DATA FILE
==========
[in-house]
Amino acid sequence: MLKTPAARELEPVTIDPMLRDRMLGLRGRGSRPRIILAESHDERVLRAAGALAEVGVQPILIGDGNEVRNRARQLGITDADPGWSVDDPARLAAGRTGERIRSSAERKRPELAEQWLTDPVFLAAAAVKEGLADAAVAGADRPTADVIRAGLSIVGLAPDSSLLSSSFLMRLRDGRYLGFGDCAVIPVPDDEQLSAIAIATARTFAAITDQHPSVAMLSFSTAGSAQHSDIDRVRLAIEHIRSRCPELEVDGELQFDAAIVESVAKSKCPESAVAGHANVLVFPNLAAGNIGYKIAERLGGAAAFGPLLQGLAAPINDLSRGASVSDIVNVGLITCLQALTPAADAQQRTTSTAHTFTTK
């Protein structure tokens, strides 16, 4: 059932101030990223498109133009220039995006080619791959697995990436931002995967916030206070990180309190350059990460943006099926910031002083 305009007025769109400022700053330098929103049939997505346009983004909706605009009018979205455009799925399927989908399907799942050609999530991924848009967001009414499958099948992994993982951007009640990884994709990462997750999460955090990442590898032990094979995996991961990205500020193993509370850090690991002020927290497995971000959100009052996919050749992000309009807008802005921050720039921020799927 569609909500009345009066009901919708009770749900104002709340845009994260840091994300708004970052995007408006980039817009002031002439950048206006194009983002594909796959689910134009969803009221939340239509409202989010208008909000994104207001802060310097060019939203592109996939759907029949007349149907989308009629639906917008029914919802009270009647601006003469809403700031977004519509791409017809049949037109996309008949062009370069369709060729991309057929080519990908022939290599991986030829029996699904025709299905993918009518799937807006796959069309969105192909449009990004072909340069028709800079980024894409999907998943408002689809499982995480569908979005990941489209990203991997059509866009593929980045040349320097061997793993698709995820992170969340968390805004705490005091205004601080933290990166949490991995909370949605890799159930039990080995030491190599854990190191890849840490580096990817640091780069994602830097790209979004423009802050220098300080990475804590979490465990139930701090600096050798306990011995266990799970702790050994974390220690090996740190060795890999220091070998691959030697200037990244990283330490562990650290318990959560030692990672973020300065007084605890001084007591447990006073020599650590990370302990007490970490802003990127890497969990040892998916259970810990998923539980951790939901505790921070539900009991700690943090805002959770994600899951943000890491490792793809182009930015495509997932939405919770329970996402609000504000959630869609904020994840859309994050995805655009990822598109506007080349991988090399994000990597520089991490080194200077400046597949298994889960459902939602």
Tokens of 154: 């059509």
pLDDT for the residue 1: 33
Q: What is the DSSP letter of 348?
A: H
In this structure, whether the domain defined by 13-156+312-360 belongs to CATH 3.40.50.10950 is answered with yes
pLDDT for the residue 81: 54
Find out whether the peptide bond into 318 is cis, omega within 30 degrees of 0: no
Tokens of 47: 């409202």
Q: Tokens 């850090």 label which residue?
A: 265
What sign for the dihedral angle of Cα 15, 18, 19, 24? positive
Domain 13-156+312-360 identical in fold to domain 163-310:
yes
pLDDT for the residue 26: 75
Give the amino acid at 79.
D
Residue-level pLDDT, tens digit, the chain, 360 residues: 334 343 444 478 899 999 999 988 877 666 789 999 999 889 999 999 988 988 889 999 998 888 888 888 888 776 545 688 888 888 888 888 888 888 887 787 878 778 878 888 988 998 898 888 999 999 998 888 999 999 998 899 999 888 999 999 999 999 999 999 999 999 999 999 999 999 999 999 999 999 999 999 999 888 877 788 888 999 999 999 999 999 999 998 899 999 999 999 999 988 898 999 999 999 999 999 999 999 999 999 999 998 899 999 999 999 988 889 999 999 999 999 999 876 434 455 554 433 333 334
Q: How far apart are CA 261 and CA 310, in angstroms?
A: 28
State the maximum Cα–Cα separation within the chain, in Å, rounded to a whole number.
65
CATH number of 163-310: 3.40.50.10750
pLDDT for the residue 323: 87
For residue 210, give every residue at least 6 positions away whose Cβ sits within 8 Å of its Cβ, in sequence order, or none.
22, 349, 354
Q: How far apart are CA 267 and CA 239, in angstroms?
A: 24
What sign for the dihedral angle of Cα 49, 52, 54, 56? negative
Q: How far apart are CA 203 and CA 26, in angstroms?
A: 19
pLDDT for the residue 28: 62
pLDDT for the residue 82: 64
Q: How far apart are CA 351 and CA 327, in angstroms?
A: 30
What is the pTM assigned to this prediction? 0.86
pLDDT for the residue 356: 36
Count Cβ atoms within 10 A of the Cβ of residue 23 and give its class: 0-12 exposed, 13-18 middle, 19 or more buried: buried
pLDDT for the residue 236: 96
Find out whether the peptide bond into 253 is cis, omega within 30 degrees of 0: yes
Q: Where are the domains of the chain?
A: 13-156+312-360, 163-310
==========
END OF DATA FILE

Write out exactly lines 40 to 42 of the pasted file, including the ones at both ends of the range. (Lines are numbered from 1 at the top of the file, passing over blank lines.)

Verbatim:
Count Cβ atoms within 10 A of the Cβ of residue 23 and give its class: 0-12 exposed, 13-18 middle, 19 or more buried: buried
pLDDT for the residue 236: 96
Find out whether the peptide bond into 253 is cis, omega within 30 degrees of 0: yes